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David Burke

David Burke

When it comes to cooking, chef David Burke says he’s a “showoff.” But in Burke’s dining rooms his innovative dishes steal the show.

The chef’s “angry lobster” with hot pepper sauce and claws facing up toward diners, for example, evokes a punk’s dramatic spiky hair. Burke displays pieces of shell-on lobster on a metal flower arranger that traditionally holds stems in place.

Besides asking diners to sit up and take notice of his food, Burke intends to make guests smile with humorous dishes. So it should come as no surprise that the puckish chef enjoys laughing himself.

In fact, Burke often cracks himself up when sharing a funny story.

“I can’t finish telling a joke without laughing,” he says with a laugh.

“For a very long time David was having fun with food, and everyone could share in the delight,” says restaurant reviewer Bob Lape of “Dining Diary” on CBS radio in New York. “He has a sense of whimsy with a capital ‘W.’ He’s a humorist, and he’s an artist. More importantly, there’s taste there.”

Drew Nieporent of Myriad Restaurant Group in New York agrees.

“Of all the young American chefs, I think David really leads the pack when it comes to innovative, whimsical and reinterpreted classics,” Nieporent says. “His style has permeated menus.”

Many chefs and protégés follow Burke’s lead. If imitation is the most sincere form of flattery, “I’m flattered all the time,” he quips. The birth of a dish or cooking style, however, is difficult—if not impossible—to document. But because of his innovative culinary creations Burke is frequently called on to consult with food companies.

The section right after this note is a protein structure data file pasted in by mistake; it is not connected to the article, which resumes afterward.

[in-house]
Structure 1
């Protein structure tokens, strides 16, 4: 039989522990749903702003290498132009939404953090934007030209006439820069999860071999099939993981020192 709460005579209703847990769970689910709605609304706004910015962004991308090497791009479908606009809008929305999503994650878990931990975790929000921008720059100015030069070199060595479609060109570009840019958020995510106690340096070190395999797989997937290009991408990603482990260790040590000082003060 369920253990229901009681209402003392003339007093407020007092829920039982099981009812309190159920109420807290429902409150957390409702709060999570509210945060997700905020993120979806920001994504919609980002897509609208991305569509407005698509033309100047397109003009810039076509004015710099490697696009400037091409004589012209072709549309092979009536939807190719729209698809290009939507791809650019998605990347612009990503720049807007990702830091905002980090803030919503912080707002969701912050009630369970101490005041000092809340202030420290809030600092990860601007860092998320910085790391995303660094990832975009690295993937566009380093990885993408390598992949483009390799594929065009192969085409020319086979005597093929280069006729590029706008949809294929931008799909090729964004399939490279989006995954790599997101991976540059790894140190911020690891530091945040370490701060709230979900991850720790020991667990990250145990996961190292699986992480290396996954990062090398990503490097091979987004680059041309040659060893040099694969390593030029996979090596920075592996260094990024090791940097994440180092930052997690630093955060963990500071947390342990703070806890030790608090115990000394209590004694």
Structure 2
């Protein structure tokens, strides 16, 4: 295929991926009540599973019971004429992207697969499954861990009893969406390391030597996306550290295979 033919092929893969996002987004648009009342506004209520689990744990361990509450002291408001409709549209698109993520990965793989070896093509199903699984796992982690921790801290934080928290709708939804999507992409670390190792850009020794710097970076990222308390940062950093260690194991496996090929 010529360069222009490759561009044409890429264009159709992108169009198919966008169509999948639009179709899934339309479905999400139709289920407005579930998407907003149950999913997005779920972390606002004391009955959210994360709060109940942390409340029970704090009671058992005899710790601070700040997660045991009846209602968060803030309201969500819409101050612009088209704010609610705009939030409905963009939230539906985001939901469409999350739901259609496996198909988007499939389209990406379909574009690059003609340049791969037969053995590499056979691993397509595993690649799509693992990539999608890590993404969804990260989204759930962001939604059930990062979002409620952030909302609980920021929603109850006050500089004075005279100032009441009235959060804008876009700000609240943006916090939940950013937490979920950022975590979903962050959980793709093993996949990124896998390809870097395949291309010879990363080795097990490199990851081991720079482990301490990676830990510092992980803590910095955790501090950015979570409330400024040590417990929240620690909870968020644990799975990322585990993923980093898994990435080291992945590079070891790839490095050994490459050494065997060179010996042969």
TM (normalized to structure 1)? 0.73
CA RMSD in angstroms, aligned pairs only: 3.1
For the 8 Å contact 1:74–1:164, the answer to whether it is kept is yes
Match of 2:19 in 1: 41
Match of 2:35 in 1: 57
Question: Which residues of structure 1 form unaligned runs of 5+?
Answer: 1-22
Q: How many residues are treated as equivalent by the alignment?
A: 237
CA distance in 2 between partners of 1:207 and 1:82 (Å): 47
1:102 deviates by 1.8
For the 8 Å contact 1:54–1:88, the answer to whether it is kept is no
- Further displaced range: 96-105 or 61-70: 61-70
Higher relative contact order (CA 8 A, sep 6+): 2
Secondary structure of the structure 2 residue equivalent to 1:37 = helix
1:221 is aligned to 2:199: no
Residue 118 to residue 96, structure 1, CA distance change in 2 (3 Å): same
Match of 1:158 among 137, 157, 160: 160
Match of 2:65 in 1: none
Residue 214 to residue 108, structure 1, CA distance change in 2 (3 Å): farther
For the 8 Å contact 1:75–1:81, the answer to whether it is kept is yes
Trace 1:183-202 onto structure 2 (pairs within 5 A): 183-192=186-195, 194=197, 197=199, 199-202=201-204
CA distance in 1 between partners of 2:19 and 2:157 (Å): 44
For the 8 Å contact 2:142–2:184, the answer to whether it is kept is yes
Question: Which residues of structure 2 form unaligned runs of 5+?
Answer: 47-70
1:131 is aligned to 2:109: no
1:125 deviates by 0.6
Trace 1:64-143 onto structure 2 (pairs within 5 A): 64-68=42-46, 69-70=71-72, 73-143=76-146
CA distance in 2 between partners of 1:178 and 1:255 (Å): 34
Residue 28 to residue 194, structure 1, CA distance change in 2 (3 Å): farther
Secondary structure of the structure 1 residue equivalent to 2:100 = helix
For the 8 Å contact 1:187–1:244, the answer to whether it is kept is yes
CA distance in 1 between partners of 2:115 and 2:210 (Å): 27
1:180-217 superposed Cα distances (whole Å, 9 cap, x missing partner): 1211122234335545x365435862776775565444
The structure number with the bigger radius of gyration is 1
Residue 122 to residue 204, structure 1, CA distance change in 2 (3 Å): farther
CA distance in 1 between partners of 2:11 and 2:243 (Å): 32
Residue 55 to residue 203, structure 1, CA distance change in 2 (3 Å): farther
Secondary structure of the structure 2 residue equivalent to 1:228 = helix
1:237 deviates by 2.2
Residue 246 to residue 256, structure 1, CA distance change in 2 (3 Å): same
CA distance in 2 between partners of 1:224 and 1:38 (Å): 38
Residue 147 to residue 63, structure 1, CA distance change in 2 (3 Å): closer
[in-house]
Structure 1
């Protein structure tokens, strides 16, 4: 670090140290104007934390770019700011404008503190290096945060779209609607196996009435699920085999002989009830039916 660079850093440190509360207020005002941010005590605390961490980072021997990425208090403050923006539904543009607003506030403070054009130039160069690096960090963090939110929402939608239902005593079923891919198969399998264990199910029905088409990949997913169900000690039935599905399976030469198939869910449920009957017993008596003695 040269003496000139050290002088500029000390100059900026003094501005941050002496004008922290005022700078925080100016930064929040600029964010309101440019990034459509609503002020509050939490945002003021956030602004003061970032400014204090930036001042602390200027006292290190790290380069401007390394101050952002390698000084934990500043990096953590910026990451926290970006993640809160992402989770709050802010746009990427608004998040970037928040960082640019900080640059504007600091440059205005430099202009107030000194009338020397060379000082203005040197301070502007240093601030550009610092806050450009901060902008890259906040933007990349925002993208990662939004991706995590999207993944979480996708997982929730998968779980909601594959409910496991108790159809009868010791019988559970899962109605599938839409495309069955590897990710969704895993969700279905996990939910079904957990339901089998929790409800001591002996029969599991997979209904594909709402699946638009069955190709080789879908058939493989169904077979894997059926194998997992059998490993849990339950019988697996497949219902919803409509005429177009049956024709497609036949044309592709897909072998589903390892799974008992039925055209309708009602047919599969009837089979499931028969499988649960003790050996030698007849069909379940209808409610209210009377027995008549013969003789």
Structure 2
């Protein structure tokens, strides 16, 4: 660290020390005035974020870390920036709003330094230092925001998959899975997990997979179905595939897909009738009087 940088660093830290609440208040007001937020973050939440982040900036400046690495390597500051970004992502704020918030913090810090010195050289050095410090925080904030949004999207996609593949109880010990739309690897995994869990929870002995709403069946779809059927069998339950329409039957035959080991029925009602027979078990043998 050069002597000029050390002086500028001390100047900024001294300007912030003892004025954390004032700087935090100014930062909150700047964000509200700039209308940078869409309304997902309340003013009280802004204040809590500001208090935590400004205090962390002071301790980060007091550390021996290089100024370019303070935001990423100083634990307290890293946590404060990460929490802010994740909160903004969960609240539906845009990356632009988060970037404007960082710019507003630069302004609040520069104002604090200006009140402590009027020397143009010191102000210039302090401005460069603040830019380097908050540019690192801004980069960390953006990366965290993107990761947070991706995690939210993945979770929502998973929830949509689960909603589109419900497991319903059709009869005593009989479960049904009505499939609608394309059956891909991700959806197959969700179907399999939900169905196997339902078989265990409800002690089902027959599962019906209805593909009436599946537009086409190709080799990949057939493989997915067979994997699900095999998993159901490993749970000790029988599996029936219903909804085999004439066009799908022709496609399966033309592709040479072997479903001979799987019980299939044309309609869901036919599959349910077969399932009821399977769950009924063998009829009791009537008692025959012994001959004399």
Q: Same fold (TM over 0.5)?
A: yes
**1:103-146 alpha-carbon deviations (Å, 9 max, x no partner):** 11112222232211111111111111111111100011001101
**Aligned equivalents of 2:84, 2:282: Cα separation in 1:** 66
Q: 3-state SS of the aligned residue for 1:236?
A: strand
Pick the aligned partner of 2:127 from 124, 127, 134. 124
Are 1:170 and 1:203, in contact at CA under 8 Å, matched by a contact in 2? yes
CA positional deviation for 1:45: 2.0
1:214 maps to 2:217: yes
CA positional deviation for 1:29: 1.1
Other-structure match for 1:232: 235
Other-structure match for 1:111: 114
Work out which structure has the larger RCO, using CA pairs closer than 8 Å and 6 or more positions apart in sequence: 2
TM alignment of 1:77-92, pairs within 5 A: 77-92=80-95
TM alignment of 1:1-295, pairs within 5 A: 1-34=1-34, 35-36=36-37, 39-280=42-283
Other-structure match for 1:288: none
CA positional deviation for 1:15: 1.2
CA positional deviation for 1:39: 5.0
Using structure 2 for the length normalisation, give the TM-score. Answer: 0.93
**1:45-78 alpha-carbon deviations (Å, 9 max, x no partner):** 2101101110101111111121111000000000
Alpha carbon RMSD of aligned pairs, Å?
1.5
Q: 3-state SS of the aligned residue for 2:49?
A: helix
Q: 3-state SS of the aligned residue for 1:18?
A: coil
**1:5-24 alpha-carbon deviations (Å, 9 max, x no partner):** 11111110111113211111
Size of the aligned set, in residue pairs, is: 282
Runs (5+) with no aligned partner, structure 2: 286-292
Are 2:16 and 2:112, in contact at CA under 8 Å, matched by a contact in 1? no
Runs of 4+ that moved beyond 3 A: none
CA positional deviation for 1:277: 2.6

After sharing dish suggestions with Firmenich, a flavor company based in Princeton, N.J., Burke says his ideas were then passed on to Burger King. And the fast-food giant bit.

“They asked my permission” to run a recent Angry Whopper item, Burke says.

That sandwich was spiked with a hot-pepper sauce.

Seeds of innovation

Ideas come easily to Burke. The chef and restaurateur throws out dozens of solutions for every problem, says a former assistant manager of Townhouse, Michael McGinley.

“Tying to keep up with him is a task in itself,” McGinley says. “It is exciting. He keeps you on your toes.”

In high school, Burke thought big. In fact, he started so many sentences with, “Imagine if,” his pals nicknamed him, “Imagine-if-Burkey.” He dreamed of things like not going to school and throwing pool parties in a nearby water tower that he and his friends climbed.

“I’ve always been a prankster,” Burke says, but his imagination has evolved with the times, and the economy hasn’t hampered his guests’ enjoyment of creative dishes. Those dishes are just more down-home foods these days, he says.

“There’s always room for innovation,” he says. But now he adds creativity to more comforting dishes, such as a cake he serves in a can along side a bowl of frosting complete with metal beaters–for licking. Diners notice when neighboring diners are licking beaters. Such attention has helped the cake rise in popularity to become a best-selling dessert.

That cake was created to help inflate dessert sales at David Burke’s Primehouse, a Chicago steakhouse where sharing is key, Burke says. After the cake is baked in a tin, like the kind used for fruitcake, it is topped with caramel-cream cheese frosting, vanilla ice cream, whipped cream, rice pearls and Heath Bar crunch.